Mexican Hat, Grey Headed Coneflower, Upright Prairie Coneflower, Yellow Coneflower, Red Hat 'Red'

Ratibida columnifera

Family: Asteraceae (ass-ter-AY-see-ee) (Info)
Genus: Ratibida (ruh-TIB-ih-duh) (Info)
Species: columnifera (kol-um-NEE-fer-uh) (Info)
Cultivar: Red
Synonym:Rudbeckia columnaris
Synonym:Ratibida columnaris
View this plant in a garden



Foliage Color:

Unknown - Tell us

Bloom Characteristics:

Unknown - Tell us

Water Requirements:

Unknown - Tell us

Where to Grow:

Unknown - Tell us


36-48 in. (90-120 cm)


Unknown - Tell us


Unknown - Tell us

Sun Exposure:

Full Sun


Unknown - Tell us

Bloom Color:


Bright Yellow

Bloom Time:

Late Spring/Early Summer

Mid Summer

Late Summer/Early Fall


Unknown - Tell us

Other details:

Unknown - Tell us

Soil pH requirements:

Unknown - Tell us

Patent Information:

Unknown - Tell us

Propagation Methods:

Unknown - Tell us

Seed Collecting:

Allow seedheads to dry on plants; remove and collect seeds


This plant has been said to grow in the following regions:

Saint David, Arizona

Wichita, Kansas

Blair, Nebraska

Imperial, Nebraska

Hazlet, New Jersey

El Paso, Texas

Mc Lean, Virginia

Milwaukee, Wisconsin

New Lisbon, Wisconsin

show all

Gardeners' Notes:


On Nov 29, 2013, MurrayTX from El Paso, TX (Zone 8a) wrote:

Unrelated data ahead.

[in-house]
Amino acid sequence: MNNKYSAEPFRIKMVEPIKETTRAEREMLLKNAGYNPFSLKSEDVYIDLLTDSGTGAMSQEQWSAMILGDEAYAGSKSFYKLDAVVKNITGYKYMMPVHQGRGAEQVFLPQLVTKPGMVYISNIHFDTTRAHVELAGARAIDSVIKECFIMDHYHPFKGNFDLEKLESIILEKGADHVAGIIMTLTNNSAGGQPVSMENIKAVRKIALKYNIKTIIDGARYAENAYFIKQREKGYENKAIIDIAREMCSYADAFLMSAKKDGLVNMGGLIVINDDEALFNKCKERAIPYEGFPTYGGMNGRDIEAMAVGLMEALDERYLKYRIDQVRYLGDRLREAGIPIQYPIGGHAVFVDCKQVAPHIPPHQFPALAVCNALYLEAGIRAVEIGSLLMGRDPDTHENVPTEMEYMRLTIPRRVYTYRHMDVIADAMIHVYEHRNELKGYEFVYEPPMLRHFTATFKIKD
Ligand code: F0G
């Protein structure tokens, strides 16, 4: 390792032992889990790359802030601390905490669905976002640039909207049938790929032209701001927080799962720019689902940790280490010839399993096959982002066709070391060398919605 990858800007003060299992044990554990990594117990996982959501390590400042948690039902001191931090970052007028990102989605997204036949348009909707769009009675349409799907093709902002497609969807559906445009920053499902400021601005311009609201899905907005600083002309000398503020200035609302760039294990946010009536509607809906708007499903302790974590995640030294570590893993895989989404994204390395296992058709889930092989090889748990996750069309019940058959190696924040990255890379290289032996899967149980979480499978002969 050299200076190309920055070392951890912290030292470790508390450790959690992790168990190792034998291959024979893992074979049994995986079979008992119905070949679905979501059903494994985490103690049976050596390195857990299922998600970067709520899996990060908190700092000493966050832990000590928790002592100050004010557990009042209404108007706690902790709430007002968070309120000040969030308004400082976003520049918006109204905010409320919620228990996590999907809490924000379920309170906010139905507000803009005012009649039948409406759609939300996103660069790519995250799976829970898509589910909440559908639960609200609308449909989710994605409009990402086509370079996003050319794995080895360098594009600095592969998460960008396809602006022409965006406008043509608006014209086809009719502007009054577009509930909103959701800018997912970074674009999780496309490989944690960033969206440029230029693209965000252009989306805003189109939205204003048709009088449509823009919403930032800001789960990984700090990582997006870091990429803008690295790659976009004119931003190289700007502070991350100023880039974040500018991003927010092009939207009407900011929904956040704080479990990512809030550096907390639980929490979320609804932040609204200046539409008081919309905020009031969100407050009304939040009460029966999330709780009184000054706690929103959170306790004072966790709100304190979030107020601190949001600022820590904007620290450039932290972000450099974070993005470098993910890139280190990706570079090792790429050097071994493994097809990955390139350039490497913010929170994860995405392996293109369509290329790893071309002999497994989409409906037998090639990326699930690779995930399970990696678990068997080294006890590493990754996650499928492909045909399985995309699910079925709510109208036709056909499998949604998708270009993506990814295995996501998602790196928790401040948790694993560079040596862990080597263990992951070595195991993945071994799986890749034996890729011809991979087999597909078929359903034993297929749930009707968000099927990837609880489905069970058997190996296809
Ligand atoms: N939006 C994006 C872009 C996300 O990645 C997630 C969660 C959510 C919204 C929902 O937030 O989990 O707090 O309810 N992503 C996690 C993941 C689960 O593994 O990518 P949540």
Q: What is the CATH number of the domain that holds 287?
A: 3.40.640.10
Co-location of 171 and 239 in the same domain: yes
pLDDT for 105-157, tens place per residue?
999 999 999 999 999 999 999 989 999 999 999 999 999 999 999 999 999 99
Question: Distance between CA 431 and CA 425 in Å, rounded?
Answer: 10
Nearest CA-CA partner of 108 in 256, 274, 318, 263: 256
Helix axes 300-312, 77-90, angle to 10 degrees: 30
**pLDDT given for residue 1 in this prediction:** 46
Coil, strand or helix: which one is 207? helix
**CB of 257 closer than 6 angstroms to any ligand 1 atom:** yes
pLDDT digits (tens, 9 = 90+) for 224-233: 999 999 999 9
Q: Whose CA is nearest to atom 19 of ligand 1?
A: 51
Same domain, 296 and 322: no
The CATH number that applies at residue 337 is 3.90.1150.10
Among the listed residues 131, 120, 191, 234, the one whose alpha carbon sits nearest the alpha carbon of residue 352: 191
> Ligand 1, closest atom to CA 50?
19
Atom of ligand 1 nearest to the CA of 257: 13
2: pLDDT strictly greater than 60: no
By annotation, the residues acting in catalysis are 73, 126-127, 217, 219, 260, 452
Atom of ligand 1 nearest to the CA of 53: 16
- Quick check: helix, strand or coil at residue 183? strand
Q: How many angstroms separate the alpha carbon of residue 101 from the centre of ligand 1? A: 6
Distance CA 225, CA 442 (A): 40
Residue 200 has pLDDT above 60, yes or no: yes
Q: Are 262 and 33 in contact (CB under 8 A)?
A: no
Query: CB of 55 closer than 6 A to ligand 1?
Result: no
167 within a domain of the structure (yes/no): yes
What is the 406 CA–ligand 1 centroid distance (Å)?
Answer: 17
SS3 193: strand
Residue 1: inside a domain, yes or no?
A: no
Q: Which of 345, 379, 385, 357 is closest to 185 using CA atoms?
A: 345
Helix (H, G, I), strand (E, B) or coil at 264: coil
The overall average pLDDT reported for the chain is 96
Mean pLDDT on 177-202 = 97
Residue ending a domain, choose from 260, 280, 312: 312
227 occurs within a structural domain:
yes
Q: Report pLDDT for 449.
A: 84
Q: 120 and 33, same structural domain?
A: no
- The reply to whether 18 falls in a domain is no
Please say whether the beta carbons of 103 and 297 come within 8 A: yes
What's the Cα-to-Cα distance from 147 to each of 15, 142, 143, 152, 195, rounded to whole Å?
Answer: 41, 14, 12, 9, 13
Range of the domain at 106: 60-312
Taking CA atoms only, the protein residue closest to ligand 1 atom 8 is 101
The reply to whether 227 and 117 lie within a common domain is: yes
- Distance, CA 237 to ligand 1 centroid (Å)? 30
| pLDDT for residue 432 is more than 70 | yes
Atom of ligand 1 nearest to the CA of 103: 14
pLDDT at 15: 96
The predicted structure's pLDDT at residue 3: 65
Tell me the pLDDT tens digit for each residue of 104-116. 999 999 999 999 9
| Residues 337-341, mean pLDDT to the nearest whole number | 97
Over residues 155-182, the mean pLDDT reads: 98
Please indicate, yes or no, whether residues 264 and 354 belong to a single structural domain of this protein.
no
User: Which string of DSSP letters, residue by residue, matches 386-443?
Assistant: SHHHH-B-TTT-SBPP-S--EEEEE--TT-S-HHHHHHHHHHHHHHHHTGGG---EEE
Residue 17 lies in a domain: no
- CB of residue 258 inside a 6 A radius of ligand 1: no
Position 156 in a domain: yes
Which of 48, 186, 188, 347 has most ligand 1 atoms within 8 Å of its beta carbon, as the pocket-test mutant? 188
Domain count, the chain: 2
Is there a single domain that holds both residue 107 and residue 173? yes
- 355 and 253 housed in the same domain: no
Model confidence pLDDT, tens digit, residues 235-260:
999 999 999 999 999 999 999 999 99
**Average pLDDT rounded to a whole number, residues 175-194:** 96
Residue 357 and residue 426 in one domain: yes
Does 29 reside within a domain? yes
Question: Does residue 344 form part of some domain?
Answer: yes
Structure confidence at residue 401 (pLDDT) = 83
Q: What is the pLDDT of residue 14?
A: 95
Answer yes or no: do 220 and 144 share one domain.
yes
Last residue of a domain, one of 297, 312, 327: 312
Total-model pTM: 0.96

I have several mounds of these growing in intense full sun in a raised bed of mostly sand and minimal organic matter, and they look beautiful for 8 months of the year. Heat barely fazes them. Multiple light freezes cause no damage. Although they do seed heavily, they have been very slow to invade, allowing other plants to live nearby. I use their 2-3ft height to provide some shade to their neighbors and a windbreak in the winter. And oddly, they did appear and survive very well in a heavily shaded area under a tree where I had mistakenly tossed many seedheads. They bloomed less than the full sun ones, but still did bloom and looked healthy. I suggest these wildflowers for all cottage/bee gardens. I haven't killed any accidentally despite erratic watering and rare feedings.


On Apr 23, 2008, pennefeather from McLean, VA (Zone 6b) wrote:

Although the flowers are pretty, they are small, and the stalks are weak. I found that many of the flowers trailed close to the ground. When surrounded by other upright flowers, it is not impressive.


On Feb 8, 2006, Gabrielle from (Zone 5a) wrote:

Bushy 4' plant, red drooping petals on a central cone. Hardy to zone 4. Used as a cut flower. Attracts butterflies.